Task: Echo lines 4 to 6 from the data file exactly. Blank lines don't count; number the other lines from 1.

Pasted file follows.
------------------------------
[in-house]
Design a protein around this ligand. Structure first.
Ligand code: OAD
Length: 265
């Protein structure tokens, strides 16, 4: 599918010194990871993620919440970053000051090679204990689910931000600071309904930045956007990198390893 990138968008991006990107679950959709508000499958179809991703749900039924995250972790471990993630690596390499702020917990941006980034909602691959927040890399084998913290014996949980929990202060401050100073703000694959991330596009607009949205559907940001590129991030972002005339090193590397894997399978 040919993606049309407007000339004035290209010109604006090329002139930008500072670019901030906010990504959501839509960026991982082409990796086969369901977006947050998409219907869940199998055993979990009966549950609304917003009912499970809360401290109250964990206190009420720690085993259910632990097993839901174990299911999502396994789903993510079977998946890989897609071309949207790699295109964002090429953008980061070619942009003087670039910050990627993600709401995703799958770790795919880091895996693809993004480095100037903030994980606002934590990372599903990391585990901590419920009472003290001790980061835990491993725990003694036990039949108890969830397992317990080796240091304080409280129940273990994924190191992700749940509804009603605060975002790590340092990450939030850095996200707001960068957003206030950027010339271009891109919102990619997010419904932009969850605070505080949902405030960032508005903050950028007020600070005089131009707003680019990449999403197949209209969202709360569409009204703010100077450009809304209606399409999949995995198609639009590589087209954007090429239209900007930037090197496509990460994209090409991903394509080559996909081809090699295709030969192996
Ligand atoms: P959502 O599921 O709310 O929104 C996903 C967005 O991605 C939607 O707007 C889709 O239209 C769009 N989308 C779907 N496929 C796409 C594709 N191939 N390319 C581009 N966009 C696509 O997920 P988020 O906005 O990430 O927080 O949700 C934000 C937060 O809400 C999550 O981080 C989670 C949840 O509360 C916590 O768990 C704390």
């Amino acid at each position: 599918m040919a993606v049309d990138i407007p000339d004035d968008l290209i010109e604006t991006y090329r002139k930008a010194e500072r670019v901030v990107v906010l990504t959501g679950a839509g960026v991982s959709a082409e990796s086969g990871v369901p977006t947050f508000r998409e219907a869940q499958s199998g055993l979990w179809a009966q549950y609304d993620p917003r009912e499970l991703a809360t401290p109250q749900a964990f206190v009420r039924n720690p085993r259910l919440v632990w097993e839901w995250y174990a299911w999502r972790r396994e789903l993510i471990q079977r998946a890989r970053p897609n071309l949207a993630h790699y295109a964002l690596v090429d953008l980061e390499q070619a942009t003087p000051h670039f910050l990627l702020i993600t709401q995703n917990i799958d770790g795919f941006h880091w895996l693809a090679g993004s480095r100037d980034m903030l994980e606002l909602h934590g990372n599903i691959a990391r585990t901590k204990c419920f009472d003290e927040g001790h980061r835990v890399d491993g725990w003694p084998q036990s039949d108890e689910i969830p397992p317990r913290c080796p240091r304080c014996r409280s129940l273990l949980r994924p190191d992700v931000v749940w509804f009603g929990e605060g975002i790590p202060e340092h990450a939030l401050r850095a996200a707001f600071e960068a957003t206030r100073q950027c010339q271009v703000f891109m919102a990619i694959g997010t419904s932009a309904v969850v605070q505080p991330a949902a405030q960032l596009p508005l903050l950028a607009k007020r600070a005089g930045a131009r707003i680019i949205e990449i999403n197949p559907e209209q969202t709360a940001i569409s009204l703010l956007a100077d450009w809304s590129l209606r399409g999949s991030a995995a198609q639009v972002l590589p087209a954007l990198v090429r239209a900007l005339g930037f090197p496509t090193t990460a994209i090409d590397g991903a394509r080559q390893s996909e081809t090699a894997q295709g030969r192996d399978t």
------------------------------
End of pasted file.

Length: 265
């Protein structure tokens, strides 16, 4: 599918010194990871993620919440970053000051090679204990689910931000600071309904930045956007990198390893 990138968008991006990107679950959709508000499958179809991703749900039924995250972790471990993630690596390499702020917990941006980034909602691959927040890399084998913290014996949980929990202060401050100073703000694959991330596009607009949205559907940001590129991030972002005339090193590397894997399978 040919993606049309407007000339004035290209010109604006090329002139930008500072670019901030906010990504959501839509960026991982082409990796086969369901977006947050998409219907869940199998055993979990009966549950609304917003009912499970809360401290109250964990206190009420720690085993259910632990097993839901174990299911999502396994789903993510079977998946890989897609071309949207790699295109964002090429953008980061070619942009003087670039910050990627993600709401995703799958770790795919880091895996693809993004480095100037903030994980606002934590990372599903990391585990901590419920009472003290001790980061835990491993725990003694036990039949108890969830397992317990080796240091304080409280129940273990994924190191992700749940509804009603605060975002790590340092990450939030850095996200707001960068957003206030950027010339271009891109919102990619997010419904932009969850605070505080949902405030960032508005903050950028007020600070005089131009707003680019990449999403197949209209969202709360569409009204703010100077450009809304209606399409999949995995198609639009590589087209954007090429239209900007930037090197496509990460994209090409991903394509080559996909081809090699295709030969192996
Ligand atoms: P959502 O599921 O709310 O929104 C996903 C967005 O991605 C939607 O707007 C889709 O239209 C769009 N989308 C779907 N496929 C796409 C594709 N191939 N390319 C581009 N966009 C696509 O997920 P988020 O906005 O990430 O927080 O949700 C934000 C937060 O809400 C999550 O981080 C989670 C949840 O509360 C916590 O768990 C704390």